Parenting for Primates is a delightful combination of hard facts
and good stories about us and our close relatives. Harriet Smith shows
us superdads, devoted and abusive parents, and blended families among
nonhuman and human primates too. An important and timely book.
It is one thing to be a student of primate behavior, another to be
a clinical psychologist working with people; put the two together,
though, and the engaging result is Harriet Smith's masterful Parenting
for Primates. It has much to offer to those who raise children as well
as to those who study child development and the family.
Harriet Smith combines her expertise in primatology with her experience
as a clinical psychologist to create a vivid portrait of how primate
parenting can help us human primates be better parents. She shows that
for all primates, successful parenting is hard work, and far from 'natural.'
It requires learning, experience, and help. Infants need continuous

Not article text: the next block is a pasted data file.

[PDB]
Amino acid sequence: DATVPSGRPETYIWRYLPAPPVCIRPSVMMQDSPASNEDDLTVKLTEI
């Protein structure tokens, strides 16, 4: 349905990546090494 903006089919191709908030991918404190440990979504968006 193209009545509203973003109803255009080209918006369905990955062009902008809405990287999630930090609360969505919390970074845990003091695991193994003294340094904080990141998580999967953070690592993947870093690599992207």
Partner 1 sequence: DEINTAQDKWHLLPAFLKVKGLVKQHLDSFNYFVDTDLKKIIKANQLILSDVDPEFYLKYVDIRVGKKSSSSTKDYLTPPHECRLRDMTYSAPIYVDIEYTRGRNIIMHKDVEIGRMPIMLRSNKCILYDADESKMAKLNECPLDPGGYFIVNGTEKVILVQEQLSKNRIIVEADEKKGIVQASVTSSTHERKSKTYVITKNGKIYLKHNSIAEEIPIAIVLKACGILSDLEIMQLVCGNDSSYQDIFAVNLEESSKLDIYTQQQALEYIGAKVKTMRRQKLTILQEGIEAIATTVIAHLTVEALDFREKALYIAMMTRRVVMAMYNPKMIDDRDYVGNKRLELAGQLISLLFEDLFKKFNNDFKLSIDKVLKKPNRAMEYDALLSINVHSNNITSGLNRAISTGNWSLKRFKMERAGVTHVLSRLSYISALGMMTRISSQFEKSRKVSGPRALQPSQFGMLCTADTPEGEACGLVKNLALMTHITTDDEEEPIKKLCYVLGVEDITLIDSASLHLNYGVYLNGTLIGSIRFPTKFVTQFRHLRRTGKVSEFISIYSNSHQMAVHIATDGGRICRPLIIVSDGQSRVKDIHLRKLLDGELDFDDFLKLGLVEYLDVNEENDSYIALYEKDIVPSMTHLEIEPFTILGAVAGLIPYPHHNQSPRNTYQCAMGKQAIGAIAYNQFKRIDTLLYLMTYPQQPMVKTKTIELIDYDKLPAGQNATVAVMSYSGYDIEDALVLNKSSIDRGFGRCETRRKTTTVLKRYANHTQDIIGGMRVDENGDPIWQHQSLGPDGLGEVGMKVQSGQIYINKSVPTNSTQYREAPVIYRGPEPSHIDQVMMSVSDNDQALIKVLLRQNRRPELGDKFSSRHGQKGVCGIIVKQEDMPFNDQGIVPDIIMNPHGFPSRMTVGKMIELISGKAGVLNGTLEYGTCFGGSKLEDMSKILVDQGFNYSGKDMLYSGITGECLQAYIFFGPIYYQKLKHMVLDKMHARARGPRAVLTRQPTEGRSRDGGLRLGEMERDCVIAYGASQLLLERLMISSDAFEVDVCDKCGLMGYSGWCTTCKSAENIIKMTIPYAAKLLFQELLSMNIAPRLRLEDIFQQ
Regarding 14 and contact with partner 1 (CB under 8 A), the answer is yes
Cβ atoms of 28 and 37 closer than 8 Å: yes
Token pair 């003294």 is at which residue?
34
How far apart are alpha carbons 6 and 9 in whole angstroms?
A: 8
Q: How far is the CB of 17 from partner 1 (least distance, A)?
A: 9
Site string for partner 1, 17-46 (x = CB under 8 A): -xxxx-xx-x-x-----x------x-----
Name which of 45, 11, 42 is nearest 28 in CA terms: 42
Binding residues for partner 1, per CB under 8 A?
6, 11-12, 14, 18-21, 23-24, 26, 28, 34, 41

attention, and that means that mothers need practically continuous
help. This is a fascinating book, for anyone who cares about quality
Harriet Smith's startling collection of enlightening research and
provocative anecdotes shows us the many ways our furry cousins form
their families and raise their young. Her revelations are an indispensable
guide for anyone attempting to parent young primates--human or otherwise.
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Hardcover: 394 pages
Parenting for Primates, is a natural history of primate parenting, comparing human parenting with that of monkeys and apes. Parenting for Primates is different from other popular science books that have tackled the subject of parent-child relationships, which typically limit discussion to the parenting behavior of mothers with their infants. In contrast Parenting for Primates focuses on parenting by mothers, fathers, and extended family, and examines both how parenting varies with mating system and changes as youngsters grow up.
Parenting for Primates falls into the genre of popular science. Its intended audience includes mental health professionals and bright general readers interested in a comprehensive review of the psychology and evolutionary biology of parenting by human and nonhuman primates. Unlike many popular science books written by academics, Parenting for Primates is both a scholarly treatment of parenting in primates (supported by over 400 references) and reader-friendly.